Leaked documents have shed light on the United Kingdom government’s intentions to detain and deport more than 3,000 asylum seekers every month as part of Home Secretary Suella Braverman’s proposed asylum bill. The briefing papers indicate that the government aims to implement these measures starting from January 2024.
As Prime Minister Rishi Sunak faces criticism from Conservative Members of Parliament regarding the record levels of net migration, the leaked documents highlight the potential legal challenges the government could face without a substantial increase in legal aid fees for lawyers providing advice to refugees.
This is the first detailed glimpse into the scale of the task the government faces in implementing Braverman’s bill, which is currently under consideration in the House of Lords. Until now, the Home Office has refrained from releasing the bill’s impact assessment.
The disclosure comes at a time when net migration and the backlog of asylum claims have reached record highs. In response to figures from the Office for National Statistics, which showed a 24% increase in overall migration to the UK in 2022 compared to the previous high in 2021, Sunak acknowledged that the numbers should decrease.
The leaked documents, labeled as “urgent,” were prepared for Lord Chancellor Alex Chalk, Junior Justice Minister Lord Bellamy, and Antonia Romeo, the Permanent Secretary of the Ministry of Justice. The purpose was to ensure an adequate number of lawyers would be available to provide advice at immigration detention centers if the bill becomes law.
Under the proposed legislation, individuals who enter the UK without permission would not be allowed to remain to seek asylum. Instead, they would be detained and removed either to their home country or a third country, such as Rwanda.
The documents, based on data from the Home Office, indicate that the department should prepare to hold 1,600 people in detention centers from September, with the number rising to 3,163 per month from January. They highlight the need to engage legal aid providers and potentially increase fees in order to provide access to legal aid for individuals affected by the bill.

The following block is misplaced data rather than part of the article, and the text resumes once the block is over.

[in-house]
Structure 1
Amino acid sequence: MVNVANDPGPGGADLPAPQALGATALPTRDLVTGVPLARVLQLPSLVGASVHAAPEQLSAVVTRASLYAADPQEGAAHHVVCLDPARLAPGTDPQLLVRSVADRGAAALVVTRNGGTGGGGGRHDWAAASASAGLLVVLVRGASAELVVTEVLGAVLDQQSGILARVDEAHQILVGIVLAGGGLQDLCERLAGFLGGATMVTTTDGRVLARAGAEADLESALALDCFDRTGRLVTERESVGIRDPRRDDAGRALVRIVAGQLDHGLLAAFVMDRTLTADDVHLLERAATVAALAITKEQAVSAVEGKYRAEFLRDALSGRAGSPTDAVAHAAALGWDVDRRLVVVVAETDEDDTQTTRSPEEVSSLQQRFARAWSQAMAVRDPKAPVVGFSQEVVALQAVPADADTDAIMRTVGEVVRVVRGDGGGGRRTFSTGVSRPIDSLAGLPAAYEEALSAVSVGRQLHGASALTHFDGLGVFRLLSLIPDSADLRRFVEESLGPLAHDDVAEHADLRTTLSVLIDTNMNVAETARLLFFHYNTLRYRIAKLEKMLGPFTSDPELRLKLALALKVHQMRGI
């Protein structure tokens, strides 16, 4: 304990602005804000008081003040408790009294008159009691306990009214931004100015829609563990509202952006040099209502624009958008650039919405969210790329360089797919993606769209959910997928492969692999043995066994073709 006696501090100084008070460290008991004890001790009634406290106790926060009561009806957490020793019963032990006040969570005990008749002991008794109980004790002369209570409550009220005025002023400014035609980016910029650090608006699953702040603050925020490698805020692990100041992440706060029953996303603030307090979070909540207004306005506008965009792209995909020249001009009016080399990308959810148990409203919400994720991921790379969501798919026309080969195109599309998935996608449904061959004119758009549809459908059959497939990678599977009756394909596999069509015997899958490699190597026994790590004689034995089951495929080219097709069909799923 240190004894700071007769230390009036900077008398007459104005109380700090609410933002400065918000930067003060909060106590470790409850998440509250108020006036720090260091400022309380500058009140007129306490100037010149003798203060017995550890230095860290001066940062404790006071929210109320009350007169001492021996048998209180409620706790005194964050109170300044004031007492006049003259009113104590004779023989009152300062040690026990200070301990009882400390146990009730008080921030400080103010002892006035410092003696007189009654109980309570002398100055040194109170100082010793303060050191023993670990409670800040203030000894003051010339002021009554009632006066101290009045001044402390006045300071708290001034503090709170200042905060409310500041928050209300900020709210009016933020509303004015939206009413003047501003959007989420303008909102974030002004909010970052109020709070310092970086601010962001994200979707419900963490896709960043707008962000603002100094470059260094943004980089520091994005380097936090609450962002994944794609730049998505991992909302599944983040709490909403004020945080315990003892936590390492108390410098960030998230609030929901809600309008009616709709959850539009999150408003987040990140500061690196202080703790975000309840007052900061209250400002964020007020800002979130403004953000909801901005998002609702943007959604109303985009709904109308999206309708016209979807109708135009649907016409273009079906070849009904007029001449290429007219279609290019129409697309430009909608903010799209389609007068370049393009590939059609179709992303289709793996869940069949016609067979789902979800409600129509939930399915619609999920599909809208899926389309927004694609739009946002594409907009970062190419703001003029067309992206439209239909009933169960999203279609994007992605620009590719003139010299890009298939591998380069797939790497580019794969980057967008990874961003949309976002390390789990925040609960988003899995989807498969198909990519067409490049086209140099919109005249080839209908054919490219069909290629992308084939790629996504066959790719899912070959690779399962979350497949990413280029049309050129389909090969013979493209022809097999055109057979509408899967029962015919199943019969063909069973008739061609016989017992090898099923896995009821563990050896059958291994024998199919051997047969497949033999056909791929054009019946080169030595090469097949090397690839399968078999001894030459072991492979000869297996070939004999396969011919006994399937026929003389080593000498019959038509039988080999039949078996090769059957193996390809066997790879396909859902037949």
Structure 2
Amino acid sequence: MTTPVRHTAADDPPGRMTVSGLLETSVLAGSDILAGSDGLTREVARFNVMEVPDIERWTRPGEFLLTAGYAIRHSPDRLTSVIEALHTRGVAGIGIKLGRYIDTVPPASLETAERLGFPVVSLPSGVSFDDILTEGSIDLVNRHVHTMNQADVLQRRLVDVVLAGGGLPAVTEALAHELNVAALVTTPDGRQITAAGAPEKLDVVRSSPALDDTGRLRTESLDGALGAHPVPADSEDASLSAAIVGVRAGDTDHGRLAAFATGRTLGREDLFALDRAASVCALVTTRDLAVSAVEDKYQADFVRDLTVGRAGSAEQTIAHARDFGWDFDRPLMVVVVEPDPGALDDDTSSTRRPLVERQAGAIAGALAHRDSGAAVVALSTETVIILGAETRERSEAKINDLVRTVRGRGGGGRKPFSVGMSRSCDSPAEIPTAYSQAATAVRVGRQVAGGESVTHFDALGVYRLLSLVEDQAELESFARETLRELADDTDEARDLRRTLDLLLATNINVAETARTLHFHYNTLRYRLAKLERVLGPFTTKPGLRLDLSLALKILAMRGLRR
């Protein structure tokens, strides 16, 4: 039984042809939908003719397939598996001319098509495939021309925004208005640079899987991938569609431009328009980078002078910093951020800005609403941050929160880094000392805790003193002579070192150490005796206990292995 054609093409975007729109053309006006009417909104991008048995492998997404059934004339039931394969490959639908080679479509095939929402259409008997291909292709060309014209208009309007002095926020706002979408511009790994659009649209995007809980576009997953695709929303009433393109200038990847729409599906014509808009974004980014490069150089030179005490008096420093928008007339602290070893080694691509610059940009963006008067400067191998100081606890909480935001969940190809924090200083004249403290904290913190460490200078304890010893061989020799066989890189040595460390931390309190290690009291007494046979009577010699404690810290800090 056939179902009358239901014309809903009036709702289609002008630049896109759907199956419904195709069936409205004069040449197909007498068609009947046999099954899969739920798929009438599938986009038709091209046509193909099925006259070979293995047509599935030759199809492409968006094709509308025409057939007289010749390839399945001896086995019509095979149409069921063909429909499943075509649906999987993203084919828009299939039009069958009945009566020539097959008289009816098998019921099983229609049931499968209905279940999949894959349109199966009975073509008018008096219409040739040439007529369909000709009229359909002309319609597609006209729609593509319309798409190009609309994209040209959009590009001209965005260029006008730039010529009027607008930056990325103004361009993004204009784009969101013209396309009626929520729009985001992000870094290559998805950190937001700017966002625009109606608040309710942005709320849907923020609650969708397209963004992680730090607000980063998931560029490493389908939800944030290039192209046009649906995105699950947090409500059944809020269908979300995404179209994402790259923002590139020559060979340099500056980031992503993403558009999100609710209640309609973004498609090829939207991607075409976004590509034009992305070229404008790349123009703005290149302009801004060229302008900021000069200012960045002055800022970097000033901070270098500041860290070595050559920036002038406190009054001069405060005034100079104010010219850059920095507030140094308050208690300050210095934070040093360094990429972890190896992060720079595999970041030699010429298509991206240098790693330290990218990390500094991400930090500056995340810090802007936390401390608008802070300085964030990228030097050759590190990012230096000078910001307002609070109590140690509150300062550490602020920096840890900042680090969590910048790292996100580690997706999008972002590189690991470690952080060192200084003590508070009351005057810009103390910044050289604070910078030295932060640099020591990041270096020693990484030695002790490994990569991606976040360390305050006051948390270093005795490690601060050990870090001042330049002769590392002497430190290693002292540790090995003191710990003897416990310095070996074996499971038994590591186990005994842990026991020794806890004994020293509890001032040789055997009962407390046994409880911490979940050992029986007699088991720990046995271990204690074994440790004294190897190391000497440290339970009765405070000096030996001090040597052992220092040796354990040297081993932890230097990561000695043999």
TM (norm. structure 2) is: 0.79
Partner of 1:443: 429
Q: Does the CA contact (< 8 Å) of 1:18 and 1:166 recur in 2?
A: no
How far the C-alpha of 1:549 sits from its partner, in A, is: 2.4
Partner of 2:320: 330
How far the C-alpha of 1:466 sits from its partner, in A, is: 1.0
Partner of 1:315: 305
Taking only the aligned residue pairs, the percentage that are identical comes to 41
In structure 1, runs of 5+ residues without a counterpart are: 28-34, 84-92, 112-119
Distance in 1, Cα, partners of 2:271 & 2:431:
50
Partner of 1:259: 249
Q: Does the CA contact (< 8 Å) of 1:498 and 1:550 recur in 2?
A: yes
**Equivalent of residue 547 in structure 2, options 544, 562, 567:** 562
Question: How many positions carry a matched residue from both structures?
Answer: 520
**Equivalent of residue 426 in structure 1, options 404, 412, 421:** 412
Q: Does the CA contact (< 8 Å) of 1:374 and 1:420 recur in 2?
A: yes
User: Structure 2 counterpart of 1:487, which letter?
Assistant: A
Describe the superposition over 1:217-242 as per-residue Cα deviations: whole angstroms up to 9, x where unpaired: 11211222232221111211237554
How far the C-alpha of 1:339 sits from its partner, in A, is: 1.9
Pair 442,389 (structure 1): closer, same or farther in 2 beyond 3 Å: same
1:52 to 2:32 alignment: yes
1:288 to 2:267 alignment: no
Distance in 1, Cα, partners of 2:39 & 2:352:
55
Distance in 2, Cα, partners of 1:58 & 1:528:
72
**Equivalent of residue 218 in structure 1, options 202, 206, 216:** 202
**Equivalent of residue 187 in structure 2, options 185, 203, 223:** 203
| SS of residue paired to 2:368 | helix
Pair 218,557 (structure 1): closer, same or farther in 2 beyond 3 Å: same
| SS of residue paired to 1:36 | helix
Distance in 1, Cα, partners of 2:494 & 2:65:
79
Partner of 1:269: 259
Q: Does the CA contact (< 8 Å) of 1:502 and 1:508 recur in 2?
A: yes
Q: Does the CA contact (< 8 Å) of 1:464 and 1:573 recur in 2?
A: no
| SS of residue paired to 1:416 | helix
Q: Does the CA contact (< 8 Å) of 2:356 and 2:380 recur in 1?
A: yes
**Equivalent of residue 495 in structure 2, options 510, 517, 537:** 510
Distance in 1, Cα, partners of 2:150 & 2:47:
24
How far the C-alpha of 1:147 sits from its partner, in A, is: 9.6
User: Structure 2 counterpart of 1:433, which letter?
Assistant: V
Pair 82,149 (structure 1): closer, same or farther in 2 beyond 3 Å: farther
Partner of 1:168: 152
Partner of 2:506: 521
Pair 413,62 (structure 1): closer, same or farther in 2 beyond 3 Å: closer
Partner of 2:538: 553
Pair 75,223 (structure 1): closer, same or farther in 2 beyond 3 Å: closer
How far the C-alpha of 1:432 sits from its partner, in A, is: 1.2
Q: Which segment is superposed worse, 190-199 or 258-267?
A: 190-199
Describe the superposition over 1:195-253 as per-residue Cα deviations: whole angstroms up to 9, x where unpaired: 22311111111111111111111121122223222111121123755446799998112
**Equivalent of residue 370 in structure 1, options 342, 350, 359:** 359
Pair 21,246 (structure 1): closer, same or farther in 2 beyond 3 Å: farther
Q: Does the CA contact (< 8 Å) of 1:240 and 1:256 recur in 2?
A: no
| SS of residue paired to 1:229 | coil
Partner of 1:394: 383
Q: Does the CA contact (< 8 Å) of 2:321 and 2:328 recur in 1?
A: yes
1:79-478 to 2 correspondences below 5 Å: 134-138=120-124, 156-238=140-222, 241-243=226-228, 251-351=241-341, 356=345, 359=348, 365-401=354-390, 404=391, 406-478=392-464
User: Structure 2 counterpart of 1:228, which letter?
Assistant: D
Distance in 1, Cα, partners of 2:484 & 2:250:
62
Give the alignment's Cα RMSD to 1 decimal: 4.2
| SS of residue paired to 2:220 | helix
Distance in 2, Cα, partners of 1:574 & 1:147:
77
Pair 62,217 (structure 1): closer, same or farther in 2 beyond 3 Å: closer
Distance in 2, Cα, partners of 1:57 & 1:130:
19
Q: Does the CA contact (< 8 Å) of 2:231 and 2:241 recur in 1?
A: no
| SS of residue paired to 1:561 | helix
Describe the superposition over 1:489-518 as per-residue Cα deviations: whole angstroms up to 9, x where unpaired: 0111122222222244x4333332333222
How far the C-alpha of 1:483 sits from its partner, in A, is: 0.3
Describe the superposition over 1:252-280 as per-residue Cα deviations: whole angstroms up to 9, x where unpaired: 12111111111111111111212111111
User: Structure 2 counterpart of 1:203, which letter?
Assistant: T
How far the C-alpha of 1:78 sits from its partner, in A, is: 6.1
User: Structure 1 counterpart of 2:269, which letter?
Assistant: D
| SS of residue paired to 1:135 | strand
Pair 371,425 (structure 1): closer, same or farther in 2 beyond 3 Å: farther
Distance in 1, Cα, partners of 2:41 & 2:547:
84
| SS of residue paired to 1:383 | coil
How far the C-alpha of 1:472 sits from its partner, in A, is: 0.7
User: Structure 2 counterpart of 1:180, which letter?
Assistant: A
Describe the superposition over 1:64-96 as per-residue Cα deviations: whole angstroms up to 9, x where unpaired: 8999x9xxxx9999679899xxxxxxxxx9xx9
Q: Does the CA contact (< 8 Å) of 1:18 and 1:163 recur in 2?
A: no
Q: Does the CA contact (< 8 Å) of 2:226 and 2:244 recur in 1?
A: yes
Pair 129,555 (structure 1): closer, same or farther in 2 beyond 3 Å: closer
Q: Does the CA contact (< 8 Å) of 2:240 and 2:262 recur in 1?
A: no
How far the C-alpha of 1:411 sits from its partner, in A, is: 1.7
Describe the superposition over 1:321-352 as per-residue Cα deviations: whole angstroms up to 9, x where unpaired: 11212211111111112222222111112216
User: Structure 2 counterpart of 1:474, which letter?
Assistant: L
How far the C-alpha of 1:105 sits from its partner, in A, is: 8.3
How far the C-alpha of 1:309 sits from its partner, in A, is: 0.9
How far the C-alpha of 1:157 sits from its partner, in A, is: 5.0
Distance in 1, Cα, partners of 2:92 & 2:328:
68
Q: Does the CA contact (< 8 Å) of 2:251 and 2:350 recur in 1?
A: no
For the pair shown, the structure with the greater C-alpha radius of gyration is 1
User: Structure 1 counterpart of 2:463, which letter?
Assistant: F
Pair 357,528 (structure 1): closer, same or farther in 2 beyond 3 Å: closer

Enver Solomon, CEO of the Refugee Council, expressed concern that the government, despite its claims, is preparing for mass deportations. He criticized the plan to lock up and deport vulnerable individuals, many of whom would be recognized as refugees if their claims were heard on UK soil.
The documents also recommend increasing legal aid fees by at least 15% to attract solicitors to represent asylum seekers. However, a potential increase of 200% is mentioned but not recommended. Civil servants warn Lord Chancellor Chalk that failure to provide legal advice to detainees could result in a judicial review.
The briefing stresses Chalk’s statutory duty to ensure the availability of legal aid for this group and highlights the potential capacity issues if there are not enough legal aid providers to handle the workload. This could be subject to challenge through judicial review.
At present, hourly rates for immigration solicitors range from £53 to £74. Meetings with specialized firms in the sector revealed that substantial fee increases would be necessary to allocate work on behalf of asylum seekers. The document suggests a recommended 15% increase, potentially raising fees from £53 million to £61 million annually.
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